German peacekeepers pose with skull

The German defence minister has ordered an investigation after soldiers serving in Afghanistan were pictured posing with a skull in a newspaper.

    The story was headlined 'German soldiers desecrate dead person'

    The photographs show four German soldiers from the Nato-led International Security Assistance Force (Isaf) displaying the skull and were published by Bild newspaper on its front page under the headline, German soldiers desecrate dead person.

    Franz Josef Jung, the defence minister, said: "These pictures revolt and mystify me."

    In one picture, a soldier mounts it on the front of the group's patrol vehicle, which bears both the German flag and the acronym for the international force, Isaf. Another shows a soldier in a camouflage uniform and bullet-proof vest posing with the skull next to his exposed private parts.

    Bild said the photographs were taken in spring 2003.

    The skull was reportedly found in a gravel pit on the outskirts of Kabul, but it was unclear whether it belonged to an Afghan.

    Criminal proceedings

    Jung has threatened to dismiss the soldiers and said they were likely to face not only a military investigation but criminal proceedings.

    Jung (L) threatened to dismiss
    the soldiers in the photographs

    "People who behave like this have no place in the Bundeswehr [German army]," he said.

    Wolfgang Schneiderhan, the general inspector of the Bundeswehr, said two soldiers had been taken in for questioning, one of whom has now left the army.
    "One is still a soldier, the one is not. Both are being questioned," he said.
    Schneiderhan said one of the men had come forward after seeing the pictures.

    Peacekeeping missions

    The scandal broke hours before the German cabinet was due to discuss Germany's continued involvement in Afghanistan and coincided with the defence ministry's first policy manifesto since 1994. Jung used the manifesto to state Germany's readiness to take on more international peacekeeping missions.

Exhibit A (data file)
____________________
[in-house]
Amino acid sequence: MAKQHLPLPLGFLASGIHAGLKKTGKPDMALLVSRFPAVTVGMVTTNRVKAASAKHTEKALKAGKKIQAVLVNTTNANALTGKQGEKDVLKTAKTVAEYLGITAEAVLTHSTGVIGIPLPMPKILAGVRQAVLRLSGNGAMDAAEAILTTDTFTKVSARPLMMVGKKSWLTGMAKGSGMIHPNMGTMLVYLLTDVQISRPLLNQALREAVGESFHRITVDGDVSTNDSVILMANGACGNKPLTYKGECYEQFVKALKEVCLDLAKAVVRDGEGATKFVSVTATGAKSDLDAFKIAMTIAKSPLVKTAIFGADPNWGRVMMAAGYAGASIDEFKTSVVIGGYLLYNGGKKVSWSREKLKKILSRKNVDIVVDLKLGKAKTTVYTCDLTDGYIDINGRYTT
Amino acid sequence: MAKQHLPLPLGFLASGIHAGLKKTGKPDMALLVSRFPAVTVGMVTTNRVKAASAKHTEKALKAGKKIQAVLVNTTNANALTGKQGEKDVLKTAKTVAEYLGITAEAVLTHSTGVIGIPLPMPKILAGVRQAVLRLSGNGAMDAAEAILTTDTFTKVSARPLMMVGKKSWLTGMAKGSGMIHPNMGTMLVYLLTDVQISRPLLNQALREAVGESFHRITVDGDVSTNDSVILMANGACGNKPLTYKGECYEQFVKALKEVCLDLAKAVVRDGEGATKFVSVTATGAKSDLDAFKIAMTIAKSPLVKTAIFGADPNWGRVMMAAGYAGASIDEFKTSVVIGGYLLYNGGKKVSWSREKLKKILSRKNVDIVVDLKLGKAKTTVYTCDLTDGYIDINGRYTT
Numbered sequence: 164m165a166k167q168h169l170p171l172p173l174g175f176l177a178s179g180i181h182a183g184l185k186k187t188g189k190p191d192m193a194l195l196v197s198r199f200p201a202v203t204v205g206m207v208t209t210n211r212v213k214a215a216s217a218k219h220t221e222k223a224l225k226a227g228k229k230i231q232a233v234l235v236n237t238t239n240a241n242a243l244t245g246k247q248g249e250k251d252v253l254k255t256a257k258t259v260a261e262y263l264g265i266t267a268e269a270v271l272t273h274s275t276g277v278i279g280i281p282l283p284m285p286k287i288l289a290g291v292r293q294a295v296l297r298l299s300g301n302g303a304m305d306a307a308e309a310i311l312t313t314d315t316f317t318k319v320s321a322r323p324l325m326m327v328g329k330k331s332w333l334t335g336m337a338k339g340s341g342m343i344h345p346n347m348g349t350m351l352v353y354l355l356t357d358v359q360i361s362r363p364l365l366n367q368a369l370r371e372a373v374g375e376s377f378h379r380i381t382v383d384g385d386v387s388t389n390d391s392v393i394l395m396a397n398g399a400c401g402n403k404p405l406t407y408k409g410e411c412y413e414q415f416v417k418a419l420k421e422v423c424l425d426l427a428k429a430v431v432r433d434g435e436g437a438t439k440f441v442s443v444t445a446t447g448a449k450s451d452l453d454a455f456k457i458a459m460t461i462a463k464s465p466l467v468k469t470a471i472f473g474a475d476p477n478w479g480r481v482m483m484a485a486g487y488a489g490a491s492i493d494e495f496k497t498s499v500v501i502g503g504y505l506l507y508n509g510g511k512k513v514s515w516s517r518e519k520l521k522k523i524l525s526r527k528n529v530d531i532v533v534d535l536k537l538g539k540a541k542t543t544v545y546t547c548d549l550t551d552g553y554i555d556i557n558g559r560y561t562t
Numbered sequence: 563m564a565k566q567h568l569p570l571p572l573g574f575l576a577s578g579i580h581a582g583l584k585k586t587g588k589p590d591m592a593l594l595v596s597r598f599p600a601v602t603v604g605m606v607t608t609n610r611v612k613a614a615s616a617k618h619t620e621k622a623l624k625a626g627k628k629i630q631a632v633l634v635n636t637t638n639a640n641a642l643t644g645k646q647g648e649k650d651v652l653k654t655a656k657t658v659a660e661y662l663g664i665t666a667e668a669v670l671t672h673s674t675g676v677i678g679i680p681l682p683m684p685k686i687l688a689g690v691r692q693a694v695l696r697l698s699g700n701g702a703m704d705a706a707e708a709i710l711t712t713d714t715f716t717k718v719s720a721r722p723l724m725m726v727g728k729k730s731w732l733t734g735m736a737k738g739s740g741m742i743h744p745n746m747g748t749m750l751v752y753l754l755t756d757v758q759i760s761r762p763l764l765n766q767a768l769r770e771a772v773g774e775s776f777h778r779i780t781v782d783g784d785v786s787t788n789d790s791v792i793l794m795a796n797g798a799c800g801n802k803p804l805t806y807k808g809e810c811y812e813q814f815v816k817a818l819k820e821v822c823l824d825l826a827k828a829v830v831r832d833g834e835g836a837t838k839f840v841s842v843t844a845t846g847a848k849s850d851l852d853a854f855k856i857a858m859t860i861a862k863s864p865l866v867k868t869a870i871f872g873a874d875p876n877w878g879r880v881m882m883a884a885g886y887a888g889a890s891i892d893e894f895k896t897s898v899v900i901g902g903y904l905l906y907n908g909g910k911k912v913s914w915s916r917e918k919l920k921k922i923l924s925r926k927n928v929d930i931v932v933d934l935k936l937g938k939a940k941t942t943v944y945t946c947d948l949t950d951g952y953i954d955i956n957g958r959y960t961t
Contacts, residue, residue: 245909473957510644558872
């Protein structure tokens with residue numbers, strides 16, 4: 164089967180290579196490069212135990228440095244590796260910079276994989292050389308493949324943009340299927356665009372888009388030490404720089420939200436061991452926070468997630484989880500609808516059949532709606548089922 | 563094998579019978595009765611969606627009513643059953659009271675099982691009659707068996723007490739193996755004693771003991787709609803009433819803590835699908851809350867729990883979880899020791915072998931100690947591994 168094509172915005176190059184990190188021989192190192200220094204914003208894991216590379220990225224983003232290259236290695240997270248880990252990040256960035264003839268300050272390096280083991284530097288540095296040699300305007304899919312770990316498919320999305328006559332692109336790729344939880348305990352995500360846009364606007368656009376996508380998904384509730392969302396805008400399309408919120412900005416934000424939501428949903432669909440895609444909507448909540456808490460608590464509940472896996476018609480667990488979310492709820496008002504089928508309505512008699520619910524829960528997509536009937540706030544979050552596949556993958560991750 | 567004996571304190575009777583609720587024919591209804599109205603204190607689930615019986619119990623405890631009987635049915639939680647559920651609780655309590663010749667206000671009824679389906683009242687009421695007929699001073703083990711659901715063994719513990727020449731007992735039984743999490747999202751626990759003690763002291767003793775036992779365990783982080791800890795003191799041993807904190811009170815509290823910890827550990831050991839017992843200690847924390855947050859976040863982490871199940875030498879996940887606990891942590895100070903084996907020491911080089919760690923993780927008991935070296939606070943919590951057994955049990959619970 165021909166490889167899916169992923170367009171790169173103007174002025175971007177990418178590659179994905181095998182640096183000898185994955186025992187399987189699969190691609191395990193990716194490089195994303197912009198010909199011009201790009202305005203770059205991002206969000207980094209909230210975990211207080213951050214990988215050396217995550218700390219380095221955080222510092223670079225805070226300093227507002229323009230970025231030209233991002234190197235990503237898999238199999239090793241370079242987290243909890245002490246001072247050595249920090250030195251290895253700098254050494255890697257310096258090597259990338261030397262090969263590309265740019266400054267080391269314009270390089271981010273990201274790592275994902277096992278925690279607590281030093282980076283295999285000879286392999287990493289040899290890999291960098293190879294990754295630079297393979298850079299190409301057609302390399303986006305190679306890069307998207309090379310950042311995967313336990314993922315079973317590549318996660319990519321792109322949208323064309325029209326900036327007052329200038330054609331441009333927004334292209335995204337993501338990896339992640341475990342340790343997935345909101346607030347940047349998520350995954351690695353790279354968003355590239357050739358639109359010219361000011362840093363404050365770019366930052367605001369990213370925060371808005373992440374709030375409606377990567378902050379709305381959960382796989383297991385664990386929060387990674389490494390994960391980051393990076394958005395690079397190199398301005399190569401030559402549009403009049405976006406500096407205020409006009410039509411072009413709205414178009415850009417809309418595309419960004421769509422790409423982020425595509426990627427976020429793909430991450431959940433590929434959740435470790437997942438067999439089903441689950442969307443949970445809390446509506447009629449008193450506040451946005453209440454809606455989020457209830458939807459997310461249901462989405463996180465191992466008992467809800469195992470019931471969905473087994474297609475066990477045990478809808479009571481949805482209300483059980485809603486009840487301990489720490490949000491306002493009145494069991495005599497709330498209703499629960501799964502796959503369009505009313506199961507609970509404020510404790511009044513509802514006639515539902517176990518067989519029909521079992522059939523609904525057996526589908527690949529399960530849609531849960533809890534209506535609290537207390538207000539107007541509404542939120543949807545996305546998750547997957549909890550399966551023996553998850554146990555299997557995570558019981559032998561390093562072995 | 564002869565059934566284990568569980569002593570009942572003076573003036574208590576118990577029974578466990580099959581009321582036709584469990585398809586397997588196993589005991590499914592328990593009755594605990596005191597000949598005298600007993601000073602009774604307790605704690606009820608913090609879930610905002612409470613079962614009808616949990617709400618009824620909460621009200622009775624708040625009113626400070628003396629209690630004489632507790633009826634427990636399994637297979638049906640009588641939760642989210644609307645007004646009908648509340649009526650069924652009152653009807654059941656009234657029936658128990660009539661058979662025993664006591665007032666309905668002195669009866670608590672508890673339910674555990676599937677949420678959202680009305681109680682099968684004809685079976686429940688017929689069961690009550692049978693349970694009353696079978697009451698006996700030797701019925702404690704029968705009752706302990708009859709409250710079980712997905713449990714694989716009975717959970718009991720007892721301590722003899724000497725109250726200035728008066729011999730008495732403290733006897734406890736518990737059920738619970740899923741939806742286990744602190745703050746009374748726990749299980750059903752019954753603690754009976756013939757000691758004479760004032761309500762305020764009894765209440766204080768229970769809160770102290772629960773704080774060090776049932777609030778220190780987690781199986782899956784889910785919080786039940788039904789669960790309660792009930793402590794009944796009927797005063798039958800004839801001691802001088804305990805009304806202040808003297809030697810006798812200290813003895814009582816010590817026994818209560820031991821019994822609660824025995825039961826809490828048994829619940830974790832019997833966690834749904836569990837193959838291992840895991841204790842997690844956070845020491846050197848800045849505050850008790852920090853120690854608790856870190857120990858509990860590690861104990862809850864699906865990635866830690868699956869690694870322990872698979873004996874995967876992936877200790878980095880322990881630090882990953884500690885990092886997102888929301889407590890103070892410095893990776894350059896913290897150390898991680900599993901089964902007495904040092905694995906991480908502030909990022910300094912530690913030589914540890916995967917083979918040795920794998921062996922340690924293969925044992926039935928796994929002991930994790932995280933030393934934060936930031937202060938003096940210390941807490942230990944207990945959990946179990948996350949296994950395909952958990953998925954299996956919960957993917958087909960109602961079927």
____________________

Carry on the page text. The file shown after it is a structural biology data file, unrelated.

"It is clear that such behaviour cannot be tolerated from German soldiers. It runs counter to the values and codes of conduct we try to instill in our soldiers," Jung said.
    The state prosecutor's office in Potsdam, outside Berlin, has launched a criminal investigation into the affair.

    Germany is the second biggest supplier of peacekeepers to Afghanistan and holds the command of Isaf in the north of the country. About 2,750 Germans are serving with the force.
    The Bundestag, or lower house of the German parliament, voted last month to extend their mandate in Afghanistan until October 2007.

    SOURCE: Agencies


    Learn what India's parties' symbols mean by drawing them

    Learn what India's parties' symbols mean by drawing them

    More than 2,300 political parties have registered for the largest electoral exercise in the world.

    Visualising every Saudi coalition air raid on Yemen

    Visualising every Saudi coalition air raid on Yemen

    Since March 2015, Saudi Arabia and a coalition of Arab states have launched more than 19,278 air raids across Yemen.

    Why did Bush go to war in Iraq?

    Why did Bush go to war in Iraq?

    No, it wasn't because of WMDs, democracy or Iraqi oil. The real reason is much more sinister than that.